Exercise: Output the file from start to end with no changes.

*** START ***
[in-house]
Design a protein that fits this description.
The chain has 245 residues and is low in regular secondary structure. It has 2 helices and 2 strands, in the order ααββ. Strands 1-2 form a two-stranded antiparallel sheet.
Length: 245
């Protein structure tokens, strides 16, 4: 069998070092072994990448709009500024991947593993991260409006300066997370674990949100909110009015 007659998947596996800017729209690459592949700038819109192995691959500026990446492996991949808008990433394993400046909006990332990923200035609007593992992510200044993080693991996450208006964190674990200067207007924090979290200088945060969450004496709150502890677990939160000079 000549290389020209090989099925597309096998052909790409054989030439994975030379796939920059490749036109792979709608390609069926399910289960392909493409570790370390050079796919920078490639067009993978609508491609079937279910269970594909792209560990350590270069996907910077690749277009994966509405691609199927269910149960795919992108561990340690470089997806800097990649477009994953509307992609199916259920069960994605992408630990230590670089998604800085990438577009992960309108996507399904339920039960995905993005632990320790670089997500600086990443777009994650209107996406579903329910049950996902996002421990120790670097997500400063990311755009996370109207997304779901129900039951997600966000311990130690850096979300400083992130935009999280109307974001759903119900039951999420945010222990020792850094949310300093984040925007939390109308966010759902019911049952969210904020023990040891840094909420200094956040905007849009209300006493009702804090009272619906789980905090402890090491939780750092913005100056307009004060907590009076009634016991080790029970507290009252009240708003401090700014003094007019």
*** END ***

[in-house]
Design a protein that fits this description.
The chain has 245 residues and is low in regular secondary structure. It has 2 helices and 2 strands, in the order ααββ. Strands 1-2 form a two-stranded antiparallel sheet.
Length: 245
């Protein structure tokens, strides 16, 4: 069998070092072994990448709009500024991947593993991260409006300066997370674990949100909110009015 007659998947596996800017729209690459592949700038819109192995691959500026990446492996991949808008990433394993400046909006990332990923200035609007593992992510200044993080693991996450208006964190674990200067207007924090979290200088945060969450004496709150502890677990939160000079 000549290389020209090989099925597309096998052909790409054989030439994975030379796939920059490749036109792979709608390609069926399910289960392909493409570790370390050079796919920078490639067009993978609508491609079937279910269970594909792209560990350590270069996907910077690749277009994966509405691609199927269910149960795919992108561990340690470089997806800097990649477009994953509307992609199916259920069960994605992408630990230590670089998604800085990438577009992960309108996507399904339920039960995905993005632990320790670089997500600086990443777009994650209107996406579903329910049950996902996002421990120790670097997500400063990311755009996370109207997304779901129900039951997600966000311990130690850096979300400083992130935009999280109307974001759903119900039951999420945010222990020792850094949310300093984040925007939390109308966010759902019911049952969210904020023990040891840094909420200094956040905007849009209300006493009702804090009272619906789980905090402890090491939780750092913005100056307009004060907590009076009634016991080790029970507290009252009240708003401090700014003094007019």